The ceremony at ground zero was, in fact, the biggest public wake in America's history. It was opened with a few words from Mayor Michael Bloomberg. "They were our neighbours, our husbands, our children, our sisters, our brothers and our wives. They were our countrymen and our friends. They were us," he said.

New York Governor George Pataki, followed, reading Lincoln's Gettysburg Address.

The honouring of the victims continued through all of the day. President George Bush earlier visited both the Pentagon and the site in Shanksville, Pennsylvania, where the fourth hijacked plane came down after passengers rebelled and stopped it reaching an assumed target in Washington. But by last night he was to be in New York, the city most wounded by the attacks, to see ground zero and attend the unveiling of a bronze sphere that used to sit in the World Trade Centre plaza and will now serve as a temporary memorial to the dead. Later he was to address the nation from Ellis Island in the harbour. Concerts and candlelight vigils were planned in all five boroughs at sunset.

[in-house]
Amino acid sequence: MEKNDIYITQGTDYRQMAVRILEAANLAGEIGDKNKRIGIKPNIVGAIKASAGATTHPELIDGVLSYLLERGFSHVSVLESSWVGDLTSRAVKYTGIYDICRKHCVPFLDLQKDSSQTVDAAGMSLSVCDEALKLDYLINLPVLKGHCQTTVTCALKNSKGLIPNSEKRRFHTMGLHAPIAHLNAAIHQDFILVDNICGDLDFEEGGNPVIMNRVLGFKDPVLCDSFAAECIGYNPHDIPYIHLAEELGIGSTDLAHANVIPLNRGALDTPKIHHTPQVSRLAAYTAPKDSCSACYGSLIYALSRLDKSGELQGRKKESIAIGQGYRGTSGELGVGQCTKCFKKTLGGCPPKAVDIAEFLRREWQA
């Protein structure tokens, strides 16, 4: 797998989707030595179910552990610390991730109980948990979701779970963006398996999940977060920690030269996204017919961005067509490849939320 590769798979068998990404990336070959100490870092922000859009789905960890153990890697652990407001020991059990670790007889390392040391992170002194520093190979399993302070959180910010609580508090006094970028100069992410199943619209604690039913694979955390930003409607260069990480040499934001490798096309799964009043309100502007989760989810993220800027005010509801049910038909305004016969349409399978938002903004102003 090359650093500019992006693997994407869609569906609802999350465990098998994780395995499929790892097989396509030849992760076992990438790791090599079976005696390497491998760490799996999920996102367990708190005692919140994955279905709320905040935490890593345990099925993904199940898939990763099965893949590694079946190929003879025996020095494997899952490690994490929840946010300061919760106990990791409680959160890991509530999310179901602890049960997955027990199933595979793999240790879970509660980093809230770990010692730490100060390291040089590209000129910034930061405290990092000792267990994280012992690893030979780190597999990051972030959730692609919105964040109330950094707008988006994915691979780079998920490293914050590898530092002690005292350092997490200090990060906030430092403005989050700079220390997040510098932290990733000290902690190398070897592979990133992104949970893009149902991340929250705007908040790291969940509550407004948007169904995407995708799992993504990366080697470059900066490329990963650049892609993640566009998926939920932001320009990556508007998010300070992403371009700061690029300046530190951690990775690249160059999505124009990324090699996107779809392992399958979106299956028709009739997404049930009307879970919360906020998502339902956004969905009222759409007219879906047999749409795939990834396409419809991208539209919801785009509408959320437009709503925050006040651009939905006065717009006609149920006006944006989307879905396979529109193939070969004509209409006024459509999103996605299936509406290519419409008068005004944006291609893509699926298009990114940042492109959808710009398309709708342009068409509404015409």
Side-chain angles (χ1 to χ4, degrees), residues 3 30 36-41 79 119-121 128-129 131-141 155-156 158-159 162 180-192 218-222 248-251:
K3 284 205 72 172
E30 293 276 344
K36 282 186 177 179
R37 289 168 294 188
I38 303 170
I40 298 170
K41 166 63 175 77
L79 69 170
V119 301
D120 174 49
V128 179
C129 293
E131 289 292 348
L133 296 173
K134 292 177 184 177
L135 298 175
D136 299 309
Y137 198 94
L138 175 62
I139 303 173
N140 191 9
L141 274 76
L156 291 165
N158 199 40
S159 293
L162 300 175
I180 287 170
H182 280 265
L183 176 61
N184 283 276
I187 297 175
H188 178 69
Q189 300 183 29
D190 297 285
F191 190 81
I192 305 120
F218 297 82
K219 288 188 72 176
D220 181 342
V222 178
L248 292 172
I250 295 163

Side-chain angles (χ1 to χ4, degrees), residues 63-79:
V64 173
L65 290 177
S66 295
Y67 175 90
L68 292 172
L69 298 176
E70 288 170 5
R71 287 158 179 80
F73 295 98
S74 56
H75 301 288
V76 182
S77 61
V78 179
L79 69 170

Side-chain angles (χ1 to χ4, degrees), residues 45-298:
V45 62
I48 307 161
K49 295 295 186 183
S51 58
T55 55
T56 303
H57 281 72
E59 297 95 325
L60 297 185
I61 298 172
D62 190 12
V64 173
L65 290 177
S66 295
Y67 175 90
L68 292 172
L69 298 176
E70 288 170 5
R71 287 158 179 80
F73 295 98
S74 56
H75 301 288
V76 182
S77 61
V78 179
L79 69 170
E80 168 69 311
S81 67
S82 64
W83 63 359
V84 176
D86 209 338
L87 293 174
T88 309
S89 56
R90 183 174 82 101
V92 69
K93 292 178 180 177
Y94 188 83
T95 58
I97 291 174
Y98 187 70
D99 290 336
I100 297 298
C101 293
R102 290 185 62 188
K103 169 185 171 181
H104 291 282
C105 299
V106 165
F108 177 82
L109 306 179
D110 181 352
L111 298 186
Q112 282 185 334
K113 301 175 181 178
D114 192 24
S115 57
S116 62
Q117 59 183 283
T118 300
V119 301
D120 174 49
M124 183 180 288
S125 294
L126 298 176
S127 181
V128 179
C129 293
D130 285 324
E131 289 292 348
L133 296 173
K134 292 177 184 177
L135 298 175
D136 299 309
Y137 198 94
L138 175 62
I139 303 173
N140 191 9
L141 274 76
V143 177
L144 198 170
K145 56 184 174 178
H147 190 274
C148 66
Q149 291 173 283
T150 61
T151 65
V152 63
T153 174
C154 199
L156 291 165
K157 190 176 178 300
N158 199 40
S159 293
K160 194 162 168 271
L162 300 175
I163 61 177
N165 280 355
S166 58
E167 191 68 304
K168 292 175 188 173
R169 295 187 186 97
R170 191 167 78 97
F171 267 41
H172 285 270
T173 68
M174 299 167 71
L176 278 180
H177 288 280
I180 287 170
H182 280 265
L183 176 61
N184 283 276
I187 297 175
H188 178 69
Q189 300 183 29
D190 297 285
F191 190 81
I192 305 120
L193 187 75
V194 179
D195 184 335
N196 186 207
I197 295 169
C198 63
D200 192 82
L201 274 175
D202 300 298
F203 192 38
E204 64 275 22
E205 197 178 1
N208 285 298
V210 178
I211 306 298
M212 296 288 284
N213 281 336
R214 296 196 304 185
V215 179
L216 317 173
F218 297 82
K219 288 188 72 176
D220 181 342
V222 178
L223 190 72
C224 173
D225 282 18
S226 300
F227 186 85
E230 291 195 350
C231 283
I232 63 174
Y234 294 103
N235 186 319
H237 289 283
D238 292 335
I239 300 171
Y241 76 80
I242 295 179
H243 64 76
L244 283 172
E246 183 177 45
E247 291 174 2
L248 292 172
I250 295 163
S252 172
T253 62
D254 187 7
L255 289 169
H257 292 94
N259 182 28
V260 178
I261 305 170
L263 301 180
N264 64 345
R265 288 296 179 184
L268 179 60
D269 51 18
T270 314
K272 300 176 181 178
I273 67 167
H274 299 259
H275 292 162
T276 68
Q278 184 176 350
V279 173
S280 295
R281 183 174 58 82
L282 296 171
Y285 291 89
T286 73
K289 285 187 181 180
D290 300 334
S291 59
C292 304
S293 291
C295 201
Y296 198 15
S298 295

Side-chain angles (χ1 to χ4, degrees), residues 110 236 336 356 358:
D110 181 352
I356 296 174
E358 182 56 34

But the day of remembrance on this first anniversary extended far beyond this city, the Pentagon and the crash site in Pennsylvania. Schools everywhere in America held special assemblies. My daughter, like all in her class, was asked to wear only red, white and blue for the day. Companies asked employees to respect the four moments of silence. The financial markets in New York, which were closed for four days after the attacks, delayed their opening until 11am.

And thoughts were turned to 11 September beyond the shores of America. Beginning in New Zealand and at the South Pole, choirs sang the first line of the Requiem written by Mozart in his dying days at the precise time when the first plane struck – 8.46am – successively in 20 different time zones around the globe. "Requiem aeternam dona eis, Domine, et lux perpetua luceat eis." "Grant them eternal rest, O Lord, and may perpetual light shine on them."